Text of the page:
If you keep up with data center design, you certainly know that most large-scale -- hyperscale or web-scale --...
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fabrics use the Border Gateway Protocol, or BGP, as the primary routing protocol on their data center fabrics; for instance, see RFC 7938 and LinkedIn's description of its data center fabric. If you follow the hype cycle, you are probably certain that many of these same network operators are moving toward a pure software-defined network, or SDN, play in the same data center fabrics.
Or are they? Four recent drafts published in the Internet Engineering Task Force (IETF) imply another movement is afoot in the data center fabric world: using some form of modified link-state protocols on large-scale data center network architectures.
- Routing in Fat Trees describes a number of modifications for the Intermediate System to Intermediate System (IS-IS) routing protocol, specifically modifications that will convert the operation of IS-IS to be somewhat closer to a distance vector protocol and send only a minimal amount of information to the leaf -- or top of rack, or ToR -- routers in a large-scale fabric.
- IS-IS Routing for Spine-Leaf Topology describes a set of modifications to the IS-IS protocol so a router can advertise it is connected to hosts, or servers -- in other words, the advertising router is a ToR switch in a data center fabric. The draft then provides for the advertisement of minimal information to ToR switches -- specifically a minimal amount of topology information and a default route.
- Openfabric discusses a set of new mechanisms through which a router in a five-stage, or larger, spine-and-leaf fabric can determine its location within the fabric to help auto-configuration, as well as a set of flooding optimizations that allow IS-IS to reduce the flooding load in a large-scale, highly meshed topology -- specifically a spine-and-leaf topology.
- BGP-Shortest Path First describes a system that uses link-state information carried in BGP through data center fabrics to calculate the best path through the network, rather than the standard BGP best-path algorithm.
Why the focus on link-state protocols?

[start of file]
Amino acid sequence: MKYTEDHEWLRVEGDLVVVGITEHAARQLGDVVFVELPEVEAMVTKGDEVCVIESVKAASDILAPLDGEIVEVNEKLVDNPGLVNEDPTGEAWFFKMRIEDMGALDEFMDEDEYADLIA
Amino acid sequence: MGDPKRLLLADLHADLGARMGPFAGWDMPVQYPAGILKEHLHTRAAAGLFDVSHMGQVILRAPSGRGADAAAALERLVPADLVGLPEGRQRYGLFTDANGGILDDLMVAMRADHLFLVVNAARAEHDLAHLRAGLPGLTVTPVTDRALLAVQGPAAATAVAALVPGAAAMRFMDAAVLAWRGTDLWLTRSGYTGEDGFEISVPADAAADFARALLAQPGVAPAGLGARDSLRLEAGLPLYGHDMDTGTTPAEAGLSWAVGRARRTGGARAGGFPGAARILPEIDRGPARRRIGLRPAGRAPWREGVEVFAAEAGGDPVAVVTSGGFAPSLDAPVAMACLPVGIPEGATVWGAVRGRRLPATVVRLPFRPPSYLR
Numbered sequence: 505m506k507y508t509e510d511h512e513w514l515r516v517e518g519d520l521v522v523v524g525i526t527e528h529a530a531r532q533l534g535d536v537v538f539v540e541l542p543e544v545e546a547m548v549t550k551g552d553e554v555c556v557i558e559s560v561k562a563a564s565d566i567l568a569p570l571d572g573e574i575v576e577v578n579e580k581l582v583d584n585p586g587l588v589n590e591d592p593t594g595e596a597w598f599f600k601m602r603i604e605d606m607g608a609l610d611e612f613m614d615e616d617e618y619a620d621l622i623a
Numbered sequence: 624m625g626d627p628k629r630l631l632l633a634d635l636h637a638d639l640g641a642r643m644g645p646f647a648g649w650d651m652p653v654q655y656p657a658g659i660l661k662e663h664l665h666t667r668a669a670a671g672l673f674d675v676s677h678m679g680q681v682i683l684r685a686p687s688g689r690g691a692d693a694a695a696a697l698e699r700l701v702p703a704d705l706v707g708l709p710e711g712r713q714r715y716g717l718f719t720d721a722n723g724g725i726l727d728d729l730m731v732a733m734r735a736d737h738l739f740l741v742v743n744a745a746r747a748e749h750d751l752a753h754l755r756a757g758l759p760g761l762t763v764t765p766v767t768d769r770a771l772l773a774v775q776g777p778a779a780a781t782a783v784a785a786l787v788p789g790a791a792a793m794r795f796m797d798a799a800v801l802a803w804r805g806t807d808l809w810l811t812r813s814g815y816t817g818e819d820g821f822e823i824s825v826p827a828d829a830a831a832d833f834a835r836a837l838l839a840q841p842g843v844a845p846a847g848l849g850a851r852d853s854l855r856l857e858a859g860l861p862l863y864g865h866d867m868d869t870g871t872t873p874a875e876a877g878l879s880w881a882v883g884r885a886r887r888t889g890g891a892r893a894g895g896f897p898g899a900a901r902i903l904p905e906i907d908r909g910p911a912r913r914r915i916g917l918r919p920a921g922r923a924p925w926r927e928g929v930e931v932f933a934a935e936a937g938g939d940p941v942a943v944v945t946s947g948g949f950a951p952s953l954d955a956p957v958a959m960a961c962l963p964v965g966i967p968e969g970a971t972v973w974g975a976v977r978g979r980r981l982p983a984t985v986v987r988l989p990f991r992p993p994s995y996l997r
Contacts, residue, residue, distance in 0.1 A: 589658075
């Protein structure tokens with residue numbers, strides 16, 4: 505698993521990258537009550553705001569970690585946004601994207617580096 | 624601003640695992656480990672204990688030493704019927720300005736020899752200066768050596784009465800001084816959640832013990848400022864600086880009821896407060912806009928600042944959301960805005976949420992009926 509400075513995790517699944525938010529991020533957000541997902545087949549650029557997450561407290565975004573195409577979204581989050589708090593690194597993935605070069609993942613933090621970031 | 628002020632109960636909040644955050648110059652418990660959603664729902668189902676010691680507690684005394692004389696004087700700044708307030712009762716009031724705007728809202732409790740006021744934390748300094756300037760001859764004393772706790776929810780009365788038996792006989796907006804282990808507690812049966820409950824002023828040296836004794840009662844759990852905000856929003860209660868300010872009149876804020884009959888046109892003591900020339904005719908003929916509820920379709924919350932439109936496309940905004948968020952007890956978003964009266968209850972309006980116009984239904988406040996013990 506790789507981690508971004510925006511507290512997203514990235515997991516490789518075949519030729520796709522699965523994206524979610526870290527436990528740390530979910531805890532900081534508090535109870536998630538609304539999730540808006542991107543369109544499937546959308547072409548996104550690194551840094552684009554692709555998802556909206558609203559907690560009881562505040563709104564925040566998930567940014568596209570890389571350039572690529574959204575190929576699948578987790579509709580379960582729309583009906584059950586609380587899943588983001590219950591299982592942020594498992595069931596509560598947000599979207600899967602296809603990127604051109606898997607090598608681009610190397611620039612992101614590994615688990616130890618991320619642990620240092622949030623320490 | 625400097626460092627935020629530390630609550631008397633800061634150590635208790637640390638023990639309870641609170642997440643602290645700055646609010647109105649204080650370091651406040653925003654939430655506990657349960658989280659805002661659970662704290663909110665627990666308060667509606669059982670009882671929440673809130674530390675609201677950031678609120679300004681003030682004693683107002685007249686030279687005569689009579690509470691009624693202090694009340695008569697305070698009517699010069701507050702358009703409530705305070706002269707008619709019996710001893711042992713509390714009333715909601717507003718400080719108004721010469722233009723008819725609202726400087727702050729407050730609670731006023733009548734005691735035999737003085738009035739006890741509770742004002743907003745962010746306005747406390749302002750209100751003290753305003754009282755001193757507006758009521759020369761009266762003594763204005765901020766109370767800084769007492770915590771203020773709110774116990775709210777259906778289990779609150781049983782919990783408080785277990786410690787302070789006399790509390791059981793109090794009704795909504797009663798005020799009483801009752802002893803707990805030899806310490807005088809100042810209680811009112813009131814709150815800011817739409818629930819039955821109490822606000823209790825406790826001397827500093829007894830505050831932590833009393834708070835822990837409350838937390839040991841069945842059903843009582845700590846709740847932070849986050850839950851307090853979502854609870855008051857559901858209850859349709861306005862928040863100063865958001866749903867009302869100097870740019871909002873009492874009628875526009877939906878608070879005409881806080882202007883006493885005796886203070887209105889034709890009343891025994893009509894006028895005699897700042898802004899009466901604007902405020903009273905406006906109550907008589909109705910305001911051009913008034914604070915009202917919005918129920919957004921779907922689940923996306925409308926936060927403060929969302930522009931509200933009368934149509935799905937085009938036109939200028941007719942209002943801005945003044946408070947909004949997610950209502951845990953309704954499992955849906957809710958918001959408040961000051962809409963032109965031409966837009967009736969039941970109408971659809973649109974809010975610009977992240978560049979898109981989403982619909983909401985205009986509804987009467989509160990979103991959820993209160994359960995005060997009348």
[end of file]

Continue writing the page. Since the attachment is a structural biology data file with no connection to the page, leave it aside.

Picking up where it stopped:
Why the sudden interest in something other than BGP and SDN options within the IETF? The primary reason seems to be that hyperscale and web-scale operators have determined that pure-play SDN is not the only, or perhaps the best, path forward in these large-scale environments. None of these operators seems intent on abandoning SDN technologies; instead, they seem intent on combining SDN with more traditional approaches to build a sort of hybrid -- perhaps best called a programmable network. The idea is to combine a simplified distributed routing protocol in parallel with an SDN-type design to solve two very different kinds of problems.
Specifically, in each of these cases, some form of distributed protocol is being proposed. The primary advantage of a link-state routing protocol has been its ability to build a complete view of the network topology. While controller-based SDN can build a full view of the network topology, the process is less dynamic, and it can face serious scaling and convergence speed issues. Using link-state protocols to discover the base topology takes advantage of existing protocols and experience to solve one part of the control-plane puzzle.
Why not native BGP, without extensions for carrying link-state information? While BGP has proven to work well in many large-scale data center network architectures, BGP is a path-vector protocol that does not provide information about the fabric topology natively -- hence the proposed extensions for carrying link-state information in BGP, as well as the proposal to actually use this information to build a set of shortest paths through the network.
Further, some engineers believe BGP is very heavyweight; it's a protocol designed to interconnect multiple operators with a focus on policy, rather than reachability. BGP implementations tend to run to hundreds of thousands of lines of code, which means they tend to be very complex. Even in data center fabrics that do not use many of these features, the code is still running and available on fabric routers.
Three of the proposals listed above are based on IS-IS -- link-state protocols that are not widely used in data centers today. IS-IS, however, tends to be very scalable without modifications, and it also tends to work well with lightweight implementations. IS-IS runs natively over Ethernet, reducing the complexity of configuration by removing the need for even link-local addressing on fabric transit links.
Are these drafts the beginning of movement away from BGP in large-scale data center fabrics? They seem to be more of a move toward simplification of the control plane. It is likely that one protocol really cannot solve every problem in large-scale data centers; the movement now is toward splitting out functionality among several simpler protocols.
For those outside the hyperscale and web-scale spaces, these drafts are worth watching, as they might be pointing the way to the next stage of large-scale data center control planes -- perhaps even the real result of the work that has gone into SDNs.
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